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A lucky Nazi swastika?

by May club 14 Nov 2016 0 Comments

( via/ )

From our specially made swastika pendants in 2015, to the swastika printed works introduced by Chooke and Sunku from the brand, to this year’s denim series reproduced by CxTxM for Taiwanese friends, and to West Ride’s quite a few swastika-marked items this season. With the use of Swastika, it can be said that Swastika’s visibility is getting higher and higher!

Although Swastika was banned by the Allied Powers and Germany after World War II, the story and value of thousands of years of history should not be abandoned. Friends who do not know much about Swastika are welcome to refer to our previous article - Swastika . In this article, we will also use our introduction to Indian and American culture to introduce you to a brief history of this beautiful, peaceful, lucky and sacred Swastika.

( via/ arizona100.blogspot )

There is a saying about the swastika in the Navajo people. It represents the meaning of The Whirling Log (Tsil-ol-ni). It is mainly stated in early ritual sand paintings that heroes from mythology ride on logs and follow the underwater. He escaped from the whirlpool, and this rotating symbol was then simplified into the shape of a swastika, which has since taken on the symbolic meaning of "luck". (For the four-dimensional and four-quadrant worldview expressed in the picture above, interested friends can also refer to our other article: Ketoh )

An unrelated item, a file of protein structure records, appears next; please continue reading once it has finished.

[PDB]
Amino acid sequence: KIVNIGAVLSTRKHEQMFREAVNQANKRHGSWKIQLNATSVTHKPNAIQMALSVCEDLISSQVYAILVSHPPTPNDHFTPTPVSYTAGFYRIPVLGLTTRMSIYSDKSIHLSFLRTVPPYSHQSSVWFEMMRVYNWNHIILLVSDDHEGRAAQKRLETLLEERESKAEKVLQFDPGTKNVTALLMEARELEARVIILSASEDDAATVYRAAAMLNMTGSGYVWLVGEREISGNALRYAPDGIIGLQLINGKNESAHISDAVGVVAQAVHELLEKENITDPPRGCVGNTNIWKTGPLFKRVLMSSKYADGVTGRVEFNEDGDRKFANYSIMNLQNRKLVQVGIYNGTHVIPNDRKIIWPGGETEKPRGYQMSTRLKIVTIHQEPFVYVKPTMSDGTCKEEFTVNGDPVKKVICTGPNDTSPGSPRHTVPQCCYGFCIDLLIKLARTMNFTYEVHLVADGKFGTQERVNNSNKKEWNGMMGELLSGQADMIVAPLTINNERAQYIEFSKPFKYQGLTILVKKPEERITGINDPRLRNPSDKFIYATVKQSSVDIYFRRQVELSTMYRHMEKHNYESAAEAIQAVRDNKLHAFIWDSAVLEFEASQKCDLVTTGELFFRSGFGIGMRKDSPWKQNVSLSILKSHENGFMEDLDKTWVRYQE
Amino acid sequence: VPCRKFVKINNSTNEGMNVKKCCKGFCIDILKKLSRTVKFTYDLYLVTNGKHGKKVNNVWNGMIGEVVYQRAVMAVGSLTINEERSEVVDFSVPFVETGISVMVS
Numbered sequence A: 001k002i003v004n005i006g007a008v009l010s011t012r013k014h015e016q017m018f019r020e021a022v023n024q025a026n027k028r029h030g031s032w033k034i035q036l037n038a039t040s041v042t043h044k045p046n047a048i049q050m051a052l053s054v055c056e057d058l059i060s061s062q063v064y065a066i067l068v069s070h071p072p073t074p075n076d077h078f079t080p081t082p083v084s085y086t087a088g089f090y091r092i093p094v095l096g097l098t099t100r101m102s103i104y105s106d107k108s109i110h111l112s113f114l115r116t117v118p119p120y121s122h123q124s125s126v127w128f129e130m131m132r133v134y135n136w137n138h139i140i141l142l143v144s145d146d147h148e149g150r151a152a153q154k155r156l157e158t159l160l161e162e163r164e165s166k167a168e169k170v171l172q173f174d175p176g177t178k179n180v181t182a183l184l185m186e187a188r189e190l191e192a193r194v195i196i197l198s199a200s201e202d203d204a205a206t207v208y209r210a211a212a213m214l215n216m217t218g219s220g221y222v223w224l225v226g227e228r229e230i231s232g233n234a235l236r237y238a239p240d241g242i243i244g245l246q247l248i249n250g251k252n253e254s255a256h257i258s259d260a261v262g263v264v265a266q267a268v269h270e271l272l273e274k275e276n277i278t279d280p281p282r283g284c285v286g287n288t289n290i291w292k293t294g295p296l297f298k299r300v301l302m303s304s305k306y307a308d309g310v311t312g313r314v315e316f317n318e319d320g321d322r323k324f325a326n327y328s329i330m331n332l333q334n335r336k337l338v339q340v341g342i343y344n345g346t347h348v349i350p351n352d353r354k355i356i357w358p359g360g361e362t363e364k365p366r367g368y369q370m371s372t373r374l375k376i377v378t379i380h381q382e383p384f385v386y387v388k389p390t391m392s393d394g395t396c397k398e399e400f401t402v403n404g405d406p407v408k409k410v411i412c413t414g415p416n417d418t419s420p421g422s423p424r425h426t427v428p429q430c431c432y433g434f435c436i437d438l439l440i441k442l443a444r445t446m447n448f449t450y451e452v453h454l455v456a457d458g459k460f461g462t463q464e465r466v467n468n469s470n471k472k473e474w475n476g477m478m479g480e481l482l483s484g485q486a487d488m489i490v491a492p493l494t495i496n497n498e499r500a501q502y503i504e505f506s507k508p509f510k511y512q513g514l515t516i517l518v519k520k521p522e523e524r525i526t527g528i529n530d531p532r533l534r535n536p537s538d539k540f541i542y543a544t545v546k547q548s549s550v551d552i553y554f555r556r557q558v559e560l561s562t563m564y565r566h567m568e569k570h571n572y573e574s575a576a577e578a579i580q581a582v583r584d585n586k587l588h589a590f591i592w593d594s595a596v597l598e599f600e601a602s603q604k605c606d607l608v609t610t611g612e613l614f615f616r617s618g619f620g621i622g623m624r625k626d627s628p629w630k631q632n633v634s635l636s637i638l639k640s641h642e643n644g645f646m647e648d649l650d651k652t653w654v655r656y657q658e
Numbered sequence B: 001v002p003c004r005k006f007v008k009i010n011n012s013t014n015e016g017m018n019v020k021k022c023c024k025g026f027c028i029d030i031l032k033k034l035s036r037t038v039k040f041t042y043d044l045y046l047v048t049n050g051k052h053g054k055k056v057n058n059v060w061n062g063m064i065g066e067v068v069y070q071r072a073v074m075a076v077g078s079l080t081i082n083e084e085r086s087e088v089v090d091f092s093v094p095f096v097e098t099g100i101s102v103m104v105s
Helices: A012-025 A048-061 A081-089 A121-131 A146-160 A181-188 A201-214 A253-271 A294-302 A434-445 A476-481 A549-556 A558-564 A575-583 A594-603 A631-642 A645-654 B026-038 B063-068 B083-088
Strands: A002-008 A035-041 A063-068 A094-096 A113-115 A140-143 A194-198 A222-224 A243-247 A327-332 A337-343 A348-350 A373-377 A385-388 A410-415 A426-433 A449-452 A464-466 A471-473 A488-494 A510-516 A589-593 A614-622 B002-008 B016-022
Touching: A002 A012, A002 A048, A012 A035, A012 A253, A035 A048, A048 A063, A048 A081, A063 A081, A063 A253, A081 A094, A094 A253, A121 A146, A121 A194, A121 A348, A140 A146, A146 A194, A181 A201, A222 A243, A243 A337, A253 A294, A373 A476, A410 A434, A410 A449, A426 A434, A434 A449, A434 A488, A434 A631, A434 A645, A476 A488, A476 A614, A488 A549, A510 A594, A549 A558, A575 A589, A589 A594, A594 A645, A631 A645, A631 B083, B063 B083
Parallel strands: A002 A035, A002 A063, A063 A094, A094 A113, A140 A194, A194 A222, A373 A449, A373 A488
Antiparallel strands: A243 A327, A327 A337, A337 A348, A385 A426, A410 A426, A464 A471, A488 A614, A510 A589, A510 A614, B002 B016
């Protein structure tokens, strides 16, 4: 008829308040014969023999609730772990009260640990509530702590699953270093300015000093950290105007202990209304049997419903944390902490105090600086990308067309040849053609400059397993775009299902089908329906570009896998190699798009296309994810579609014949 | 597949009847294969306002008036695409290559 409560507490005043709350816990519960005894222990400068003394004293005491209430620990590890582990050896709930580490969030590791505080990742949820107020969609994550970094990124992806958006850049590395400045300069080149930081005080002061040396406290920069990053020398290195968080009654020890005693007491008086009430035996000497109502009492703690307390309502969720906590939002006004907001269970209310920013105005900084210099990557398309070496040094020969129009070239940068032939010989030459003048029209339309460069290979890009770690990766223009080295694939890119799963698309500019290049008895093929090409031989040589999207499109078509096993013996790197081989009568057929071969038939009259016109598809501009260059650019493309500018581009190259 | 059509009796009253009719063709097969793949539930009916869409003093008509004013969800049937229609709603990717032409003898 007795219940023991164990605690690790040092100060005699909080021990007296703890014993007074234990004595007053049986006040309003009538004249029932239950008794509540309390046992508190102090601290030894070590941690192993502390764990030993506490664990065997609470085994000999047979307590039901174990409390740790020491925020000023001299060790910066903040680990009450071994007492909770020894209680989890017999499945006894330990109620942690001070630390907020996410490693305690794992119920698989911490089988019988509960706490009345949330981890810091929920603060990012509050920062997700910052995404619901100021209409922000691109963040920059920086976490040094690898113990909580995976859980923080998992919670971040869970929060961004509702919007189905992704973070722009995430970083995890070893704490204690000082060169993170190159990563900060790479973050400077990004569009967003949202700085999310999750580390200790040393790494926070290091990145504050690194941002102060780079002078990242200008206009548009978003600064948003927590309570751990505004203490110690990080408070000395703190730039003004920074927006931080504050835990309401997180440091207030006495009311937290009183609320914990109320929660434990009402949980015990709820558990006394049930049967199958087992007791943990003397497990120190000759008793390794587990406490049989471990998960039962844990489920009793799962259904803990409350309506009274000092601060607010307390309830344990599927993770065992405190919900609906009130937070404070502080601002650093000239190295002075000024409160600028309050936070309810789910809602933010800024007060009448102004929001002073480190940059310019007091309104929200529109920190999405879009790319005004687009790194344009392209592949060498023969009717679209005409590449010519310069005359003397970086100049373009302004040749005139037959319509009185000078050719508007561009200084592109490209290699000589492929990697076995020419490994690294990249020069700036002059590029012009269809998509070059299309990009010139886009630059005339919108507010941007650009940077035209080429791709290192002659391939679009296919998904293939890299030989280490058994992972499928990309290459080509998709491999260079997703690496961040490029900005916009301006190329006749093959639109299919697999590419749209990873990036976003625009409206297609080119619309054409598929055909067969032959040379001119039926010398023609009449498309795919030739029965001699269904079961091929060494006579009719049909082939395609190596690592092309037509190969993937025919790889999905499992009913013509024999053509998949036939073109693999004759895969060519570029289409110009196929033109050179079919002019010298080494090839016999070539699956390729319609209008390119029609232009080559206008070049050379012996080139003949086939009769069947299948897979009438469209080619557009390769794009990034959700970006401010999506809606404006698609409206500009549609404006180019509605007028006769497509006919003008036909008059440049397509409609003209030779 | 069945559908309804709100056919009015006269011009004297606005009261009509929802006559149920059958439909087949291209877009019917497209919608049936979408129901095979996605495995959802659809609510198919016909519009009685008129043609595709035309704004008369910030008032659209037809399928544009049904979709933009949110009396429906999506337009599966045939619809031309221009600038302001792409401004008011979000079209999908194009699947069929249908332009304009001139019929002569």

( via / National Park Service photo, By 1896, the swastika appeared in Navajo weaving. )

At the end of the 16th century, after the Navajo people and the Spaniards acquired textile technology to replace fur, they integrated their own culture and designs to create their own unique weaving technology.

( via / DT Mallonee of Phoenix for Peach Springs Trading Post )

Around the 1880s, with the opening of the railroad in the western United States, Fred Harvey opened the Harvey House next to the railroad station. It combined the features of a restaurant, a hotel and a specialty store, and successfully promoted Indian handicrafts to the endless stream of tourists from the east coast. guest. At that time, some stores even used swastikas on their signboards to attract tourists, because as souvenirs, Swastika blankets or silver products with the meaning of "Good Luck" were quite popular.

( via/ )

After 1920, with the construction of roads and the popularization of automobiles, road signs with swastikas and arrows could be seen near some indigenous territories, such as along the Arizona Interstate Highway. In addition to promoting tourism, There are also good intentions with congratulations.

( via/ )

In the 1935s, Wigwam Villages also brought a unique hotel architecture, a cement hotel inspired by the shape of an Indian tent, and of course there was the iconic Indian swastika symbol on it.

( This Curt Teich postcard was published in 1943 )

As the United States officially entered World War II, the negative impression given by the German swastika prompted the Navajo and other tribes to sign a public pledge not to use the swastika on crafts. This is why blankets and silver jewelry with Swastika weaving totems are so expensive and hard to find in today’s vintage market, because not only were they prohibited from making them again after that, many people who originally owned Swastika handicrafts destroyed and discarded them. some!

☞ Click to view more Swastika products in the store

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